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Ezra 1:1–6:22

Cyrus Allows the Exiles to Return

In the first year of King Cyrus of Persia,* the Lord fulfilled the prophecy he had given through Jeremiah.* He stirred the heart of Cyrus to put this proclamation in writing and to send it throughout his kingdom:

“This is what King Cyrus of Persia says:

“The Lord, the God of heaven, has given me all the kingdoms of the earth. He has appointed me to build him a Temple at Jerusalem, which is in Judah. Any of you who are his people may go to Jerusalem in Judah to rebuild this Temple of the Lord, the God of Israel, who lives in Jerusalem. And may your God be with you! Wherever this Jewish remnant is found, let their neighbors contribute toward their expenses by giving them silver and gold, supplies for the journey, and livestock, as well as a voluntary offering for the Temple of God in Jerusalem.”

Then God stirred the hearts of the priests and Levites and the leaders of the tribes of Judah and Benjamin to go to Jerusalem to rebuild the Temple of the Lord. And all their neighbors assisted by giving them articles of silver and gold, supplies for the journey, and livestock. They gave them many valuable gifts in addition to all the voluntary offerings.

King Cyrus himself brought out the articles that King Nebuchadnezzar had taken from the Lord’s Temple in Jerusalem and had placed in the temple of his own gods. Cyrus directed Mithredath, the treasurer of Persia, to count these items and present them to Sheshbazzar, the leader of the exiles returning to Judah.* This is a list of the items that were returned:

gold basins

30

silver basins

1,000

silver incense burners*

29

10

gold bowls

30

silver bowls

410

other items

1,000

11 In all, there were 5,400 articles of gold and silver. Sheshbazzar brought all of these along when the exiles went from Babylon to Jerusalem.

Chapter 2

Exiles Who Returned with Zerubbabel

Here is the list of the Jewish exiles of the provinces who returned from their captivity. King Nebuchadnezzar had deported them to Babylon, but now they returned to Jerusalem and the other towns in Judah where they originally lived. Their leaders were Zerubbabel, Jeshua, Nehemiah, Seraiah, Reelaiah, Mordecai, Bilshan, Mispar, Bigvai, Rehum, and Baanah.

This is the number of the men of Israel who returned from exile:

3

The family of Parosh

2,172

4

The family of Shephatiah

372

5

The family of Arah

775

6

The family of Pahath-moab (descendants of Jeshua and Joab)

2,812

7

The family of Elam

1,254

8

The family of Zattu

945

9

The family of Zaccai

760

10

The family of Bani

642

11

The family of Bebai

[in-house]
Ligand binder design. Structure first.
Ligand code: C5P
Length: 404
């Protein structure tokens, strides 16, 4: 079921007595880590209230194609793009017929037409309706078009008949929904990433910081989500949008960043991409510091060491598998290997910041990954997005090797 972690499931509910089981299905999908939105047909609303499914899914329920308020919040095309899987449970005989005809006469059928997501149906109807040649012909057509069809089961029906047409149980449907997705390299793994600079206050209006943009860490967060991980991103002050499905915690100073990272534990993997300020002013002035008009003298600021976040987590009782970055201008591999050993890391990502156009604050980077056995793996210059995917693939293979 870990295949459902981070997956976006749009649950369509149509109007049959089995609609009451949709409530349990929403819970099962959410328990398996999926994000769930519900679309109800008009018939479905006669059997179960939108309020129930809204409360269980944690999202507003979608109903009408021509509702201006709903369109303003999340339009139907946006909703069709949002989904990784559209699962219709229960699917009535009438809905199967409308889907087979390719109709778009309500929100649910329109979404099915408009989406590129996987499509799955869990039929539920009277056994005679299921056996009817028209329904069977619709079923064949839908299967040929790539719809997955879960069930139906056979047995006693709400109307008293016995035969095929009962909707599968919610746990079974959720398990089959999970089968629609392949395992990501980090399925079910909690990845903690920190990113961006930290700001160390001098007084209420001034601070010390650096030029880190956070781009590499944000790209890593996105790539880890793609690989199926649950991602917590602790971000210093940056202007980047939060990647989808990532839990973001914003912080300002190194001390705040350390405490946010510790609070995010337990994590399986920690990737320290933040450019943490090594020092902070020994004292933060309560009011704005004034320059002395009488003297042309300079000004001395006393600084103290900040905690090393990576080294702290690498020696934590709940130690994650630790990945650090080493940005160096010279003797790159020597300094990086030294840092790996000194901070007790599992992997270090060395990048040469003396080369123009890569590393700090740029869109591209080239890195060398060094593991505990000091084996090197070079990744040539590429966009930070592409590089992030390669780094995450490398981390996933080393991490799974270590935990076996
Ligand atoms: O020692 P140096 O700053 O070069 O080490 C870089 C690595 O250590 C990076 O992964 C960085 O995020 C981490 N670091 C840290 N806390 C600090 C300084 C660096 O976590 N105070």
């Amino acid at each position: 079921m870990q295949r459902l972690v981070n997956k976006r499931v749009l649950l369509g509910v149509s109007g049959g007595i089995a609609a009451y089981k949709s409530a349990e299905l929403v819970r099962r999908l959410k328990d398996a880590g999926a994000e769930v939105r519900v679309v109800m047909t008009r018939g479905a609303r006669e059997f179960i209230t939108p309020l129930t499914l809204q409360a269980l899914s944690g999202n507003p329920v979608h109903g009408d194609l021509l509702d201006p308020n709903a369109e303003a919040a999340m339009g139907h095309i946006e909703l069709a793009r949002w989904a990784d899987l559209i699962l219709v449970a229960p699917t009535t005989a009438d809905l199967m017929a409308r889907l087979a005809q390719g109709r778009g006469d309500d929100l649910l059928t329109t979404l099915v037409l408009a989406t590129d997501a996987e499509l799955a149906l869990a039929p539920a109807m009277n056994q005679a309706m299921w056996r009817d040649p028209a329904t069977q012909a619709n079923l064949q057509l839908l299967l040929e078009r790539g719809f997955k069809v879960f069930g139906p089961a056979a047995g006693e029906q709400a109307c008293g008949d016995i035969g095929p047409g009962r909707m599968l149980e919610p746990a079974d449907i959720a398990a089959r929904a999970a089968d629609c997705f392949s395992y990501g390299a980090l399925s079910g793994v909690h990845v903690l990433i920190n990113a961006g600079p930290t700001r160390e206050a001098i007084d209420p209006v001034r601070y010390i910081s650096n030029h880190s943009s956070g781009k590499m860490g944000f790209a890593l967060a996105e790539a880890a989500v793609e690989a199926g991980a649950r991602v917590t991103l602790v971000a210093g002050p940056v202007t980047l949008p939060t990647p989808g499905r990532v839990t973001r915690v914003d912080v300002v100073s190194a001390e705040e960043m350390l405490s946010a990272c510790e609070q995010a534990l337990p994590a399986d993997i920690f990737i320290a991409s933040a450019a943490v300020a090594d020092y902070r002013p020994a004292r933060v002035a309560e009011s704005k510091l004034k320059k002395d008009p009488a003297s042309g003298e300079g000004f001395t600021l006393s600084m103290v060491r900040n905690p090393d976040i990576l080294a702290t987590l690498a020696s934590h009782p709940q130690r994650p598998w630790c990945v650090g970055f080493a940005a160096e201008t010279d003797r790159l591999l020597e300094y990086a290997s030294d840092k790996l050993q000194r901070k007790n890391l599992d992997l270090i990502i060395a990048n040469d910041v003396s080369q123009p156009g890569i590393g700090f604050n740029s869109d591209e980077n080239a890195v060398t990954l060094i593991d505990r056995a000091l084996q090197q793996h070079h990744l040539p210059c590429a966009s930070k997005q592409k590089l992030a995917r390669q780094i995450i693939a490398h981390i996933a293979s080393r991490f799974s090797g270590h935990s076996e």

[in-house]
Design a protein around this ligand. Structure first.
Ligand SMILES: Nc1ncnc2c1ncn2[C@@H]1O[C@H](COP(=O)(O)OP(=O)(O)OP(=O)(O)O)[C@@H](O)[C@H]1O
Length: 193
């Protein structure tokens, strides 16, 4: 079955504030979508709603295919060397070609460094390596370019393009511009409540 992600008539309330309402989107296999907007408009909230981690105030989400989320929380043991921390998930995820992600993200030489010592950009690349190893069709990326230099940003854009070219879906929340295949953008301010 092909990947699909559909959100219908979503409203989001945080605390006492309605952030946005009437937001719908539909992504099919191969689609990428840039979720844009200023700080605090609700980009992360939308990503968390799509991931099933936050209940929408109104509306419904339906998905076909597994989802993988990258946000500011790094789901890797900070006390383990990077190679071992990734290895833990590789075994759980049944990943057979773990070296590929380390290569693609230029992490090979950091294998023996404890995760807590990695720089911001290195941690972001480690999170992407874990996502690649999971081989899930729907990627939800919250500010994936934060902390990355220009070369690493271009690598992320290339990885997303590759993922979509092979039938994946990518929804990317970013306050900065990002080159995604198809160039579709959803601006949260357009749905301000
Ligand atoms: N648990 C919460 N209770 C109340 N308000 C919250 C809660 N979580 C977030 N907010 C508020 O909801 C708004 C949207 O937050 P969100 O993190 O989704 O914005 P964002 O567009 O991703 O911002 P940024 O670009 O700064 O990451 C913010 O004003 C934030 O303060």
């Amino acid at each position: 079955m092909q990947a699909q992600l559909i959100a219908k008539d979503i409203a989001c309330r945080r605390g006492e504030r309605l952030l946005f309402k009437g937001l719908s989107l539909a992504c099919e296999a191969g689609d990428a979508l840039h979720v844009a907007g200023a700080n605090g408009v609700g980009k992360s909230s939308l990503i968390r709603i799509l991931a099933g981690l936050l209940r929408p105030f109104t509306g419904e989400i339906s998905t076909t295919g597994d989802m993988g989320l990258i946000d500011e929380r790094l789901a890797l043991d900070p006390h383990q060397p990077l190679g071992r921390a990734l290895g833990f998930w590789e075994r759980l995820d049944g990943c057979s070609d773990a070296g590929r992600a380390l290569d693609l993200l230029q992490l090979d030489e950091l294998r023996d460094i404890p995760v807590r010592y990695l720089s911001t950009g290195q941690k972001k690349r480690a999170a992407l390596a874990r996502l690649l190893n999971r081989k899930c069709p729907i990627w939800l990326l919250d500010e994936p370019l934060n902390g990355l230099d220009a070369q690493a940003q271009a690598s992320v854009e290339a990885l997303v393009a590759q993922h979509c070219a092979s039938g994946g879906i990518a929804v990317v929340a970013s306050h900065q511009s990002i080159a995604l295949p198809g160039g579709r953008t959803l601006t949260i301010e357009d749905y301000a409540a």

623

12

The family of Azgad

1,222

13

The family of Adonikam

666

14

The family of Bigvai

2,056

15

The family of Adin

454

16

The family of Ater (descendants of Hezekiah)

98

17

The family of Bezai

323

18

The family of Jorah

112

19

The family of Hashum

223

20

The family of Gibbar

95

21

The people of Bethlehem

123

22

The people of Netophah

56

23

The people of Anathoth

128

24

The people of Beth-azmaveth*

42

25

The people of Kiriath-jearim,* Kephirah, and Beeroth

743

26

The people of Ramah and Geba

621

27

The people of Micmash

122

28

The people of Bethel and Ai

223

29

The citizens of Nebo

52

30

The citizens of Magbish

156

31

The citizens of West Elam*

1,254

32

The citizens of Harim

320

33

The citizens of Lod, Hadid, and Ono

725

34

The citizens of Jericho

345

35

The citizens of Senaah

3,630

36 These are the priests who returned from exile:

The family of Jedaiah (through the line of Jeshua)

973

37

The family of Immer

1,052

38

The family of Pashhur

1,247

39

The family of Harim

1,017

40 These are the Levites who returned from exile:

The families of Jeshua and Kadmiel (descendants of Hodaviah)

74

41

The singers of the family of Asaph

128

42

The gatekeepers of the families of Shallum, Ater, Talmon, Akkub, Hatita, and Shobai

139

43 The descendants of the following Temple servants returned from exile:

Ziha, Hasupha, Tabbaoth,

44 Keros, Siaha, Padon,

45 Lebanah, Hagabah, Akkub,

46 Hagab, Shalmai,* Hanan,

47 Giddel, Gahar, Reaiah,

48 Rezin, Nekoda, Gazzam,

49 Uzza, Paseah, Besai,

50 Asnah, Meunim, Nephusim,

51 Bakbuk, Hakupha, Harhur,

52 Bazluth, Mehida, Harsha,

53 Barkos, Sisera, Temah,

54 Neziah, and Hatipha.

55 The descendants of these servants of King Solomon returned from exile:

Sotai, Hassophereth, Peruda,

56 Jaalah, Darkon, Giddel,

57 Shephatiah, Hattil, Pokereth-hazzebaim, and Ami.

58 In all, the Temple servants and the descendants of Solomon’s servants numbered 392.

59 Another group returned at this time from the towns of Tel-melah, Tel-harsha, Kerub, Addan, and Immer. However, they could not prove that they or their families were descendants of Israel. 60 This group included the families of Delaiah, Tobiah, and Nekoda—a total of 652 people.